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Jefferson re-elected (1804)

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Voters began souring on the Federalist Party at the beginning of the nineteenth century. Thomas Jefferson won the 1800 presidential election while his party swept congress. The Federalist demise continued with the 1804 presidential and congressional elections. Jefferson’s successful first term and Federalist unpopularity led to a rout. Jefferson won a smashing victory over his opponent and his party added to their already impressive margins in congress.

Napoleon Bonaparte guaranteed Jefferson’s re-election. The Grand Armee’s dramatic battlefield victories temporarily silenced European battlefields. This freed up the oceans for trade and America’s economy boomed. Meanwhile, Napoleon needed money for his war machine. As a result, he sold the Louisiana Territory to the United States at a bargain rate. Americans enjoyed the economic prosperity and highly approved of the Louisiana Purchase. They also embraced the spirit of exploration when Jefferson sent Lewis and Clark to reconnoiter the new region.

The incumbent president easily secured the Democratic-Republican party’s nomination. They chose New York Governor George Clinton as his running mate. 1804 marked the first election following the ratification of the twelfth amendment. Jefferson and Clinton ran in tandem as opposed to separately. In 1800, Jefferson tied his running mate in the Electoral College leading to a constitutional crisis when Aaron Burr refused to step aside. The Federalists chose Revolutionary War hero and U.S. Minister to France Charles Cotesworth Pinckney as their standard bearer. They hoped the war hero and South Carolina native would contrast well to Jefferson. During the war, Jefferson wrote the Declaration of Independence, but served an unremarkable term as Virginia governor. Senator Rufus King was Pinckney’s running mate.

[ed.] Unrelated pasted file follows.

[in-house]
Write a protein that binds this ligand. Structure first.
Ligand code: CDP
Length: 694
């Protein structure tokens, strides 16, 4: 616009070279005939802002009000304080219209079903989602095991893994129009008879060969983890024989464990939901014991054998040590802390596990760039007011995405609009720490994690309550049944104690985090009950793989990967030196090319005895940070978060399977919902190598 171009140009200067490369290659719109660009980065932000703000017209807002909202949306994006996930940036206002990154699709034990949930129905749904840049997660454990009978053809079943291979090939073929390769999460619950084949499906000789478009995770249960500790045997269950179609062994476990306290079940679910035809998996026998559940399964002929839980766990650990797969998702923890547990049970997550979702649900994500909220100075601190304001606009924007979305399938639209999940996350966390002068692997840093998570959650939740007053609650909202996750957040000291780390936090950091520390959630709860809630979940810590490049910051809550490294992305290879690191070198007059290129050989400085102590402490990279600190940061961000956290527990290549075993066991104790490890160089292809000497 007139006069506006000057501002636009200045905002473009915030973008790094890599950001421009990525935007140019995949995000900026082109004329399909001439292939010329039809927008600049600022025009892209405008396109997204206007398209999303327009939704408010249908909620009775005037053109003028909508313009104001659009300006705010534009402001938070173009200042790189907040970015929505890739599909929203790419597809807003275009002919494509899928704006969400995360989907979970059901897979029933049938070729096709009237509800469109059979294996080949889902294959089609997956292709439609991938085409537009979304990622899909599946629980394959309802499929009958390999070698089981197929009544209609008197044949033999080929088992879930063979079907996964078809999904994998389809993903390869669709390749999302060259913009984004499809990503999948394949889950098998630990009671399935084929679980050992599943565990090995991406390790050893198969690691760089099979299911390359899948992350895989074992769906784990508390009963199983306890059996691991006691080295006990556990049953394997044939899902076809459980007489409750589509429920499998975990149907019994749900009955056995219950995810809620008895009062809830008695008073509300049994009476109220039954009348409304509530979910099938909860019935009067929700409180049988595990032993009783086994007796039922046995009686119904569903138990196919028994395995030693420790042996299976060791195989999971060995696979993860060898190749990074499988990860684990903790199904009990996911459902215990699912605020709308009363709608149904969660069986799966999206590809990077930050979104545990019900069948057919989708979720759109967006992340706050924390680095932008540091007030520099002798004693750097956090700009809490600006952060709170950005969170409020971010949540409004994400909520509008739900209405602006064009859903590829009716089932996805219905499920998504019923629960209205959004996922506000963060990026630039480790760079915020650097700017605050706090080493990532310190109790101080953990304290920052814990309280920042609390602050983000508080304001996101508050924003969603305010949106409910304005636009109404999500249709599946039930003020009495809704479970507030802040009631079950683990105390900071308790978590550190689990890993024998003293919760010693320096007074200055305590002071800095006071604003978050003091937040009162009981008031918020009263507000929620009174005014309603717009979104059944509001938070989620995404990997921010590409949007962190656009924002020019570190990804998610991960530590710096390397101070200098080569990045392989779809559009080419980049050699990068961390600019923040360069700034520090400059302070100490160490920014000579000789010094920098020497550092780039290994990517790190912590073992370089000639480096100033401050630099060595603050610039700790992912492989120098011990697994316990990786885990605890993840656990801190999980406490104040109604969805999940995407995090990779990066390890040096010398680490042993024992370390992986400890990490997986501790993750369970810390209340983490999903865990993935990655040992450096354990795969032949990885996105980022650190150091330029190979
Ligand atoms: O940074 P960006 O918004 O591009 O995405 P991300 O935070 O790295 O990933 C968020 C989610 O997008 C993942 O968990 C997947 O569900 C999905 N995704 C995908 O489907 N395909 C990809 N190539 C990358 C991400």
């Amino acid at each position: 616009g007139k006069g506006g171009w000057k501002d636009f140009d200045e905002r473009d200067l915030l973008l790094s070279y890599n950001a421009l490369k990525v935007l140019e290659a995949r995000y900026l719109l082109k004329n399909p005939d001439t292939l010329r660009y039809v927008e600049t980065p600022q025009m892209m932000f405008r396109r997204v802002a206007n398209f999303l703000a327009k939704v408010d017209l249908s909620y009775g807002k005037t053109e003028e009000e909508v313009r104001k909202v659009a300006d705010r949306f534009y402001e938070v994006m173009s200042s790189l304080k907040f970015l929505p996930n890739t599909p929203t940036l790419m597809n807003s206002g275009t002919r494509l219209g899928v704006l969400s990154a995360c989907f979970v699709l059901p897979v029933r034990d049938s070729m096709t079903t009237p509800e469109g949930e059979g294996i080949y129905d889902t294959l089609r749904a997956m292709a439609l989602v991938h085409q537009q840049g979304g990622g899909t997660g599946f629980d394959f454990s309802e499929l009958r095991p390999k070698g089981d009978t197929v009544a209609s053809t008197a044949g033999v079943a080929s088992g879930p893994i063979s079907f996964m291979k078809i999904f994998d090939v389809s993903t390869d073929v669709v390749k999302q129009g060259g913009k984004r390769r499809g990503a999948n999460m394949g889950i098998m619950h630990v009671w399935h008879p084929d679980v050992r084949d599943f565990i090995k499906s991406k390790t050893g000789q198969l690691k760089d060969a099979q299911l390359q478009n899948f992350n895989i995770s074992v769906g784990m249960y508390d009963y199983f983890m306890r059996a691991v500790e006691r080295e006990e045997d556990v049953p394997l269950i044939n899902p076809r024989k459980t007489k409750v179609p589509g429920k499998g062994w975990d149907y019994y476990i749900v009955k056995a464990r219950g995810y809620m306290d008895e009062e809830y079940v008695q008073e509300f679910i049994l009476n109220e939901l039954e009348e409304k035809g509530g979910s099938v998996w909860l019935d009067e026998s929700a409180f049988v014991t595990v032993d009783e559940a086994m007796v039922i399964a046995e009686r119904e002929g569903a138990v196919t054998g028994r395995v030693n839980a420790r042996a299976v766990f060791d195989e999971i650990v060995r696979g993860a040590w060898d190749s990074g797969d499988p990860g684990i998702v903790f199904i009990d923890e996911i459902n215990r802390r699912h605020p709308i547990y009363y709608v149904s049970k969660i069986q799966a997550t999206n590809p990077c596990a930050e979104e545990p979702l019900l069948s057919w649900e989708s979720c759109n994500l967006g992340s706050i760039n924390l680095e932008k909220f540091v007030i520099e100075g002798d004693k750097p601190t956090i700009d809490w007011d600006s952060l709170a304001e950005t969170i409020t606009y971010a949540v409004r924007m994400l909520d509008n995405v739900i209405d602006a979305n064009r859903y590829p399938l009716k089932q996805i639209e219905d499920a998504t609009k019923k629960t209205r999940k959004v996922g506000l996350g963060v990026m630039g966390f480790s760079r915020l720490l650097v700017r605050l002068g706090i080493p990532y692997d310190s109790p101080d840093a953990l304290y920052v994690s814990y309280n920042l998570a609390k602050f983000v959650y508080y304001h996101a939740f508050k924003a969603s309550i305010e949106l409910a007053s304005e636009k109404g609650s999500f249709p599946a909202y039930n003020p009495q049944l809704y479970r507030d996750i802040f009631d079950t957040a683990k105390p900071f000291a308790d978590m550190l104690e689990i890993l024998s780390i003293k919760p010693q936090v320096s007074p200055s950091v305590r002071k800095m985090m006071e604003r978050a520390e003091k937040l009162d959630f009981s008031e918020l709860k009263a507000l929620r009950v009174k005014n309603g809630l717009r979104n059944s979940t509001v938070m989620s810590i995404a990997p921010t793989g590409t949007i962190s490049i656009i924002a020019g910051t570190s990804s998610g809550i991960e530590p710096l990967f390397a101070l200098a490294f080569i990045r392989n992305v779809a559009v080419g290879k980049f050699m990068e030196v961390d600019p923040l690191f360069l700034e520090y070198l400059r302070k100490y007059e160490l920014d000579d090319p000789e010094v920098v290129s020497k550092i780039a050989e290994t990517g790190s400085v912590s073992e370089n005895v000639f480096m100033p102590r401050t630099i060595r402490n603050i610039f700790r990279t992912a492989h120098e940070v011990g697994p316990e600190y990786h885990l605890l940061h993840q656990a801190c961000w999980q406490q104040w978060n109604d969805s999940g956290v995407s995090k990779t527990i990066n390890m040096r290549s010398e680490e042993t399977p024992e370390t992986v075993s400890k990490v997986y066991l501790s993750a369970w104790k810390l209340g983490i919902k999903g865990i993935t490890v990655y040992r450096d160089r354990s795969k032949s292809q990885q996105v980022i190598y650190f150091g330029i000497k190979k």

The Federalists attacked Jefferson as an atheist and dangerous radical, but their efforts failed. The president had established a superb record in office. His popularity crested with the election. On top of this, the opposition party did not organize as well as the Democrats. People viewed the Federalists as monarchists, elitists, and out of touch. Jeffersonian campaign propaganda reinforced this view. Plus, the party was basically leaderless. Washington died, Adams retired, and Hamilton was killed in a duel earlier in the year. In the end, Jefferson won re-election handily with 15 states and 162 Electoral Votes. Pinkney won only two states and 14 Electoral Votes.

Jefferson’s popularity helped the Democrats add 11 seats to their margin in the House of Representatives. They controlled 114 of 142 seats, or 80%, following the election. Although they lost a seat in Delaware and Pennsylvania, these were offset with gains elsewhere. The Jeffersonians gained three seats in Massachusetts, New York, and Virginia each. They added two in Pinckney’s South Carolina, and one in three other states. By 1805, the Federalists were essentially a regional party based in New England.

The Federalists also lost in the senate. The Democrats added two seats to increase their margin to 27-7. They controlled 79% of the seats in the upper chamber. The ruling party picked off seats in New Hampshire and New Jersey to increase their margins. On a side note, Henry Clay joined the institution in December 1806. He would have a long congressional career that lasted until 1850.

Thomas Jefferson’s successes put the Federalist Party on life support. The Louisiana Purchase, Lewis and Clark, and the economy all benefited his party. Meanwhile, Democratic campaign spin portrayed the Federalists as elitists and undemocratic. This spin became reality in voters’ minds. On top of this, major Federalist figures had left the political scene by the fall of 1804. As a result, the Democratic-Republicans worldview came to dominate the country for a half century.

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